A data breach at the International Council of the Red Cross (ICRC) could have serious implications for humanitarian aid according to the United States (US) State Department.
Department spokesman Ned Price explained that for 150 years the ICRC and the wider Red Cross and Red Crescent Movement have been essential in protecting vulnerable populations from the harms of armed conflicts, natural disasters and other emergencies.
In fulfilment of that role, the ICRC often does what no one else can — accessing detained people in conflict zones or crossing frontlines to reach those in need. Its independence and impartiality allow it access to confidential information and data, including data on conflict victims and other victims of armed violence, the forcibly displaced, missing persons and other vulnerable populations.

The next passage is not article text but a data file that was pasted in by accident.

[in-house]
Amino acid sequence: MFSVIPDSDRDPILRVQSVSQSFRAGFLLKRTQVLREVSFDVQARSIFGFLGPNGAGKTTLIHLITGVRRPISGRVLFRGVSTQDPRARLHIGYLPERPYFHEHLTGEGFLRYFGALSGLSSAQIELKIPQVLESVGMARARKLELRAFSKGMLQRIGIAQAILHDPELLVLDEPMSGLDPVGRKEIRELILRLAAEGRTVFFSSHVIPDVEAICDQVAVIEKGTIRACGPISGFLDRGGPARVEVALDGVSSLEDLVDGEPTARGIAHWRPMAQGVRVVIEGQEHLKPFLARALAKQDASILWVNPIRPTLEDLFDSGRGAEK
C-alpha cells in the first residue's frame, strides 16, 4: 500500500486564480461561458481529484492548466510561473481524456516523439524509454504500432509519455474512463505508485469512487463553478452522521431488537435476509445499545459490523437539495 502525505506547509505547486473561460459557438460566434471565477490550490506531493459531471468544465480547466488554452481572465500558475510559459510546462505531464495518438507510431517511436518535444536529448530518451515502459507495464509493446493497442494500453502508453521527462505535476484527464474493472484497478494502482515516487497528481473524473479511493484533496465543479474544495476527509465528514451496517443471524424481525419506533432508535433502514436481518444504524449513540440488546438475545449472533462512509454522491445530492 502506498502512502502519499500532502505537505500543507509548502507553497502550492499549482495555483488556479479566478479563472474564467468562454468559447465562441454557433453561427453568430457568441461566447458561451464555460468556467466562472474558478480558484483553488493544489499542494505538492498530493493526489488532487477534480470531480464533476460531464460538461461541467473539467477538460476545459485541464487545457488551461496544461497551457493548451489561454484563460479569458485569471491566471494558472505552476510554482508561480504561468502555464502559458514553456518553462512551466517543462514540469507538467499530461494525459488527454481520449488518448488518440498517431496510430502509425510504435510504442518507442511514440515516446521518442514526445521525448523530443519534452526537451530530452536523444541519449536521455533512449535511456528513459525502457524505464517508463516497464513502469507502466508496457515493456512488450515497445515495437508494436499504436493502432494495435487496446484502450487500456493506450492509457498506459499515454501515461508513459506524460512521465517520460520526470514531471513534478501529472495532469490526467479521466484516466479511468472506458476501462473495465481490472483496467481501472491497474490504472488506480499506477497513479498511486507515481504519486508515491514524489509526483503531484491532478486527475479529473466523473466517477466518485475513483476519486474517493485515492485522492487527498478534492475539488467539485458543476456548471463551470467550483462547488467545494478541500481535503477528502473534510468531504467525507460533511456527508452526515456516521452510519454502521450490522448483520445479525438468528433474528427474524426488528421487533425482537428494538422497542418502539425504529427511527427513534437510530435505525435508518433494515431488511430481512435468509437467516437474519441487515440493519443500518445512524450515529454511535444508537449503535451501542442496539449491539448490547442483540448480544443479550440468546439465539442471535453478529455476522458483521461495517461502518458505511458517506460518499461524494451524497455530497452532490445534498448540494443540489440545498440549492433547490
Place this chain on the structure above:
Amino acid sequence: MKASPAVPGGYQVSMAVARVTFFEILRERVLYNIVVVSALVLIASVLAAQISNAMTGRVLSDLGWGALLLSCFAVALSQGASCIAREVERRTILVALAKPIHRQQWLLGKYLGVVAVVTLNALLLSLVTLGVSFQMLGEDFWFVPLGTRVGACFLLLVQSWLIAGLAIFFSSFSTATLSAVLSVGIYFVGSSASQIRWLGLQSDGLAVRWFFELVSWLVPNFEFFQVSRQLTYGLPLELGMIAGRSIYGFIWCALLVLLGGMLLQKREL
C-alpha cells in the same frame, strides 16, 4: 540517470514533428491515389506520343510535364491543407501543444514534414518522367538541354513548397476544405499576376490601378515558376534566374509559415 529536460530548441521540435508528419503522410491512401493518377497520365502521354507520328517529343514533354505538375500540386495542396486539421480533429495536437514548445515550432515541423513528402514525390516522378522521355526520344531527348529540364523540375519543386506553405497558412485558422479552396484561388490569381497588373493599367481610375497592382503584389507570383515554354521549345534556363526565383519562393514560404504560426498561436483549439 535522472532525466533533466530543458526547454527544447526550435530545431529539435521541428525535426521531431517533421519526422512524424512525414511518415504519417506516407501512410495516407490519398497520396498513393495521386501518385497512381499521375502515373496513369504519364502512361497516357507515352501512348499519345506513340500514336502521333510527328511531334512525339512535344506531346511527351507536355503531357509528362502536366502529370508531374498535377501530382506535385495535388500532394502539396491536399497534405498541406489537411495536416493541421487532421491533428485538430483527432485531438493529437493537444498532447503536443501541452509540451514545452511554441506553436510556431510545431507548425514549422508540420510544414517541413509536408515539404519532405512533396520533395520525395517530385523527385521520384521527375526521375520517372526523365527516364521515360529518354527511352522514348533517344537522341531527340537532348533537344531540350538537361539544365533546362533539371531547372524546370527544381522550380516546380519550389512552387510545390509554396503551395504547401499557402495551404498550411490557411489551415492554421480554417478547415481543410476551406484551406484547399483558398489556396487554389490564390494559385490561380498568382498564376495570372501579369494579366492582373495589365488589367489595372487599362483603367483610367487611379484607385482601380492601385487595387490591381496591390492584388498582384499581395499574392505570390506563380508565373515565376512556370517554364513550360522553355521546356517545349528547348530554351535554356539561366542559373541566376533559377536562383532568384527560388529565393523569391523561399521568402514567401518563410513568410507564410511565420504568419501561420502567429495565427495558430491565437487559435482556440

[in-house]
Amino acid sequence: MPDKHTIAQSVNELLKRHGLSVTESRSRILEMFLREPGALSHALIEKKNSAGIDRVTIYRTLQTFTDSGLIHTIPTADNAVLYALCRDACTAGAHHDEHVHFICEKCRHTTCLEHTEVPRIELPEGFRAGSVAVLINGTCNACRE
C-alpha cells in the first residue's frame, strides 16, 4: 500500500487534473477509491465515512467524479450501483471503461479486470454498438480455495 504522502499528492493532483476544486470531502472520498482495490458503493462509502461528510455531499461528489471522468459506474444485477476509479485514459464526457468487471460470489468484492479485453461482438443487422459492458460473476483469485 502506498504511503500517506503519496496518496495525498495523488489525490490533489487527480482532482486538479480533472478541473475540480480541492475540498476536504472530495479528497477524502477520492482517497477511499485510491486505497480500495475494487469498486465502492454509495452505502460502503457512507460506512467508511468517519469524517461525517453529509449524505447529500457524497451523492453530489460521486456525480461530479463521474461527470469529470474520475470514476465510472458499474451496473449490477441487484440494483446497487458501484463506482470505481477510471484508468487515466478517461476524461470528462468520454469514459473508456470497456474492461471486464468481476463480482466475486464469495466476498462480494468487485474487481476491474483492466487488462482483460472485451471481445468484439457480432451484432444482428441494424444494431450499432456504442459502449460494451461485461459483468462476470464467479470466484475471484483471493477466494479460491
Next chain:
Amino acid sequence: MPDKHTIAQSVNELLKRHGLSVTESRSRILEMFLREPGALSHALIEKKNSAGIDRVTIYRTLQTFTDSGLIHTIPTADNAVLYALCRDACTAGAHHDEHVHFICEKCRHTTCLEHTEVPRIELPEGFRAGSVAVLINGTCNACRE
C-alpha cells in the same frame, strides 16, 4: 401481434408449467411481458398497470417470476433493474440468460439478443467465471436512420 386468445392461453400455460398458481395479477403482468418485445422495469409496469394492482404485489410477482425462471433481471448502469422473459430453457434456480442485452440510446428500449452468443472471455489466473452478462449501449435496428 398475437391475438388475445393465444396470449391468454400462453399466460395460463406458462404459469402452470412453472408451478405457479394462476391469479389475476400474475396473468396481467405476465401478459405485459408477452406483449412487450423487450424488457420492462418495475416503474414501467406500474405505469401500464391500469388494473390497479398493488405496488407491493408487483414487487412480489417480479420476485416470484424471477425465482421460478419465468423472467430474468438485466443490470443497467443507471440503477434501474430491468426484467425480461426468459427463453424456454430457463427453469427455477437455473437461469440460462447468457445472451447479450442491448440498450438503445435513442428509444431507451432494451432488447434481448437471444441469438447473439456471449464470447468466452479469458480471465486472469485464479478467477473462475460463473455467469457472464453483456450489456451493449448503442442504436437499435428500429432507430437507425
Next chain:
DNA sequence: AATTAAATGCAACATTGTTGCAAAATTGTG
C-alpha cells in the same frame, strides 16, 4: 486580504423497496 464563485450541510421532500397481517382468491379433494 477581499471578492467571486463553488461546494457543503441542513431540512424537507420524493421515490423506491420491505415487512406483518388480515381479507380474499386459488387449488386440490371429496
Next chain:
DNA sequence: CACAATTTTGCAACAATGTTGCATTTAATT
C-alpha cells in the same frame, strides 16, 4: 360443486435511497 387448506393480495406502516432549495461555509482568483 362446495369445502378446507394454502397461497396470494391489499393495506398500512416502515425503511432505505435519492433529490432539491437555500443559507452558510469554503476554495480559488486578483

The information it acquires and uses is critical to fulfilling its functions to provide medical services and humanitarian protection and assistance — functions all states pledge to support in instruments such as the Geneva Conventions, Price said in a statement.
“Targeting the Red Cross and Red Crescent Movement’s sensitive and confidential data is a dangerous development.
“It has real consequences: this cyber incident harmed the global humanitarian network’s ability to locate missing people and reconnect families. This is why it is vital humanitarian data be respected and used only for its intended purposes.
“To ensure states and vulnerable people continue to trust and rely on the Red Cross and Red Crescent Movement for the help they need, states should join the ICRC in raising the alarm about this breach,” according to the statement.